The luxurious villa we were gawking at was the work of Cardinal Alessandro Farnese ‘Il Giovane’  (The Young One), who by the time he reached his eighteenth birthday, was well-accustomed to a lifestyle of immense extravagance and social prestige.  Nowadays we’d say he was one of the ‘1%’.  He probably would have continued this lovely life had it not been for one inconvenient development.  In 1549 his grandfather, who before becoming Pope Paul III had been the original Cardinal Alessandro Farnese, died.


It happens.  Grandfathers die.  But when your grandfather was pope and the expectation shared by you and your extended family is that you will continue the family tradition, things can get complicated.  The conclave of cardinals that gathered to elect the new pope was divided into three more or less equal factions, one of which wanted to reconvene the Council of Trent; one wanted to drop it altogether and the Farnese’s just wanted guess who to win.  In the end, after the usual intrigues and machinations that these things involve, a compromise candidate, i.e. somebody nobody wanted, won.  And Pope Julius III did not take kindly to the Farnese family’s expansionistic endeavours, which by this point had reached the gates of Rome.


Sensing that a lower profile might be in his best interests – especially after one of his relatives was arrested and charged with plotting to kill the newly elected Pope – young Alessandro decided to take a break from the Vatican.  He would undoubtedly have preferred to go to Frascati, the hilltop town south of Rome where the Vatican elite typically sought refuge from the searing heat of Roman summers (next week’s post), but unfortunately his grandfather had built the family fortress in the backwater of Caprarola.


Summer. The guide may have explained what is going on in the rainbow – and the torso-less head.  I have no idea.

But it wasn’t long before the Cardinal began to see the advantages of Caprarola.  Close, but not too close to Rome.  Clean, country air.  And an existing structure dominating the surrounding countryside, which, with the best architects of the time and his unlimited funds, could easily be transformed into a luxurious Renaissance villa.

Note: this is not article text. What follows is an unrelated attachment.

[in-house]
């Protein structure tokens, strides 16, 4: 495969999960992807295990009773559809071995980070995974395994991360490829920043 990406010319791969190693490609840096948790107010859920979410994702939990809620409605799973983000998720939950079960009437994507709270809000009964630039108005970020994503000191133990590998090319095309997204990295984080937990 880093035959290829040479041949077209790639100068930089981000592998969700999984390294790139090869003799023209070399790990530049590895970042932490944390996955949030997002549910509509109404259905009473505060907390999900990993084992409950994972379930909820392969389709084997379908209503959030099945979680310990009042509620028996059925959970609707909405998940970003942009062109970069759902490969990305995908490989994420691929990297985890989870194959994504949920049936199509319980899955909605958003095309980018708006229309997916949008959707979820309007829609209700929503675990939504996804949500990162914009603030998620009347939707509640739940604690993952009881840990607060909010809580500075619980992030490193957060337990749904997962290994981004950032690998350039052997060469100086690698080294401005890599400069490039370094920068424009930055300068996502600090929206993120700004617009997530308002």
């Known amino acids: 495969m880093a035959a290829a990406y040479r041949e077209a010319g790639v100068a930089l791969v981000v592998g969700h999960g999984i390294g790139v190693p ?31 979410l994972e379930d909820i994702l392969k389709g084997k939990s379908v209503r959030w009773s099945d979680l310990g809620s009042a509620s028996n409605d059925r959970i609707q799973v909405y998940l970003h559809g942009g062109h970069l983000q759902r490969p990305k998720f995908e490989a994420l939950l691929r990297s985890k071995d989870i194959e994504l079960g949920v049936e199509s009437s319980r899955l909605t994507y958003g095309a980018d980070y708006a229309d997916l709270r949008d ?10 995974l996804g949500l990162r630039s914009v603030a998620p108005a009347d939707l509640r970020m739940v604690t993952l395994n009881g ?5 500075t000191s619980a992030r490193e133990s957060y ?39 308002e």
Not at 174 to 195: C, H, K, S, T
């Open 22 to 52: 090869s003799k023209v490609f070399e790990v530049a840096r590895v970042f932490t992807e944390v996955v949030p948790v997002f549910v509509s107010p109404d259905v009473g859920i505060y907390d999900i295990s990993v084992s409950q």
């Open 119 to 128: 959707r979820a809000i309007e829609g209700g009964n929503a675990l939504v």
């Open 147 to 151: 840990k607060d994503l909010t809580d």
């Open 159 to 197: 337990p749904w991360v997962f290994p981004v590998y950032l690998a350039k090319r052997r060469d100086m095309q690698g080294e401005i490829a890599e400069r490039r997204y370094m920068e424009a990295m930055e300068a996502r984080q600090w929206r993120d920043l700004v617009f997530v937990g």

Spring. This time there’s a different head. And it’s to the right of the cherub. Is that meaningful?


One of the rooms was dedicated to the many, and of course illustrious exploits of the Farnese’s. Apparently the male posterior was an object of considerable interest even then.


Did they have chiropractors in those days? I don’t know how any of Cardinal Alessandro’s guests could have spent more than a few hours here without getting a sore neck.

I read somewhere that when San Carlo Borromeo, the Bishop of Milan visited, he chastised Alessandro.   The money spent on decorating the palace could have gone a long way to alleviating the suffering of the poor.  To which the Cardinal replied, ‘I have given the money to the poor, little by little, making them earn it with their sweat.’


The walls were much easier on the neck than the ceilings and you didn’t need to know any history to appreciate the beautiful trompe l’oeil columns in the corners.


The amount of work and money that must go into restoring and maintaining these places!


Apart from Jacob’s Dream, most of the frescoes in the cardinal’s bedroom did not strike me as at all conducive to a good night’s sleep.